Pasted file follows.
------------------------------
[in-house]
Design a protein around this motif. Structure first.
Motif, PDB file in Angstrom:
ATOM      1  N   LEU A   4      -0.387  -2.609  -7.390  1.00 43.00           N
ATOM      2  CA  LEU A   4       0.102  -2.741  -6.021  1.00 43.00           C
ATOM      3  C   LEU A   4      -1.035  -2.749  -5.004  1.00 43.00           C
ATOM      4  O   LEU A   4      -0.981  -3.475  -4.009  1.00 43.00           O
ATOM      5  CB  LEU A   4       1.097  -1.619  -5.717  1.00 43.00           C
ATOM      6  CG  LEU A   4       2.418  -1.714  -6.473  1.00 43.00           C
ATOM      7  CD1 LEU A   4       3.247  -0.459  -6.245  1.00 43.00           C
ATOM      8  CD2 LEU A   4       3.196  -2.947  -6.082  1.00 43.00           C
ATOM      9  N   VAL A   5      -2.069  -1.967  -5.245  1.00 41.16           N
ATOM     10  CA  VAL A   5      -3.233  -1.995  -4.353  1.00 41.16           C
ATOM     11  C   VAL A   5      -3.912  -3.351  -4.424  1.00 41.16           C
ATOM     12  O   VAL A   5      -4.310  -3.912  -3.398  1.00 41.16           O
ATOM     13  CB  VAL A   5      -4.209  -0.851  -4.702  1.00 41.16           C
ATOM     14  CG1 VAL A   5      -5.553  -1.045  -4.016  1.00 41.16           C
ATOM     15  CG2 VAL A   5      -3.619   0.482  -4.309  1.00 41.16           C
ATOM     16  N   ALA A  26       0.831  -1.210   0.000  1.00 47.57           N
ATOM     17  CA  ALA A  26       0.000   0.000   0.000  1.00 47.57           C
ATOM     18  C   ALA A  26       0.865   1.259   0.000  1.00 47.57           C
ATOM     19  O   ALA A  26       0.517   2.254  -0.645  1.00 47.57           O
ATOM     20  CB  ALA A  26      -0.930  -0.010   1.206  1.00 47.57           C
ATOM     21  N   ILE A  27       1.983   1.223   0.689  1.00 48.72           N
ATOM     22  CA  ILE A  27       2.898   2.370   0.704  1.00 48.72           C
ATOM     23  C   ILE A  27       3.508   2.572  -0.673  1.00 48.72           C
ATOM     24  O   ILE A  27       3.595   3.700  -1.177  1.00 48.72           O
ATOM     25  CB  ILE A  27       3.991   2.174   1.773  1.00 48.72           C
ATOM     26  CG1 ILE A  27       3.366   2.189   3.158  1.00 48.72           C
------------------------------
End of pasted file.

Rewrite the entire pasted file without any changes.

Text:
[in-house]
Design a protein around this motif. Structure first.
Motif, PDB file in Angstrom:
ATOM      1  N   LEU A   4      -0.387  -2.609  -7.390  1.00 43.00           N
ATOM      2  CA  LEU A   4       0.102  -2.741  -6.021  1.00 43.00           C
ATOM      3  C   LEU A   4      -1.035  -2.749  -5.004  1.00 43.00           C
ATOM      4  O   LEU A   4      -0.981  -3.475  -4.009  1.00 43.00           O
ATOM      5  CB  LEU A   4       1.097  -1.619  -5.717  1.00 43.00           C
ATOM      6  CG  LEU A   4       2.418  -1.714  -6.473  1.00 43.00           C
ATOM      7  CD1 LEU A   4       3.247  -0.459  -6.245  1.00 43.00           C
ATOM      8  CD2 LEU A   4       3.196  -2.947  -6.082  1.00 43.00           C
ATOM      9  N   VAL A   5      -2.069  -1.967  -5.245  1.00 41.16           N
ATOM     10  CA  VAL A   5      -3.233  -1.995  -4.353  1.00 41.16           C
ATOM     11  C   VAL A   5      -3.912  -3.351  -4.424  1.00 41.16           C
ATOM     12  O   VAL A   5      -4.310  -3.912  -3.398  1.00 41.16           O
ATOM     13  CB  VAL A   5      -4.209  -0.851  -4.702  1.00 41.16           C
ATOM     14  CG1 VAL A   5      -5.553  -1.045  -4.016  1.00 41.16           C
ATOM     15  CG2 VAL A   5      -3.619   0.482  -4.309  1.00 41.16           C
ATOM     16  N   ALA A  26       0.831  -1.210   0.000  1.00 47.57           N
ATOM     17  CA  ALA A  26       0.000   0.000   0.000  1.00 47.57           C
ATOM     18  C   ALA A  26       0.865   1.259   0.000  1.00 47.57           C
ATOM     19  O   ALA A  26       0.517   2.254  -0.645  1.00 47.57           O
ATOM     20  CB  ALA A  26      -0.930  -0.010   1.206  1.00 47.57           C
ATOM     21  N   ILE A  27       1.983   1.223   0.689  1.00 48.72           N
ATOM     22  CA  ILE A  27       2.898   2.370   0.704  1.00 48.72           C
ATOM     23  C   ILE A  27       3.508   2.572  -0.673  1.00 48.72           C
ATOM     24  O   ILE A  27       3.595   3.700  -1.177  1.00 48.72           O
ATOM     25  CB  ILE A  27       3.991   2.174   1.773  1.00 48.72           C
ATOM     26  CG1 ILE A  27       3.366   2.189   3.158  1.00 48.72           C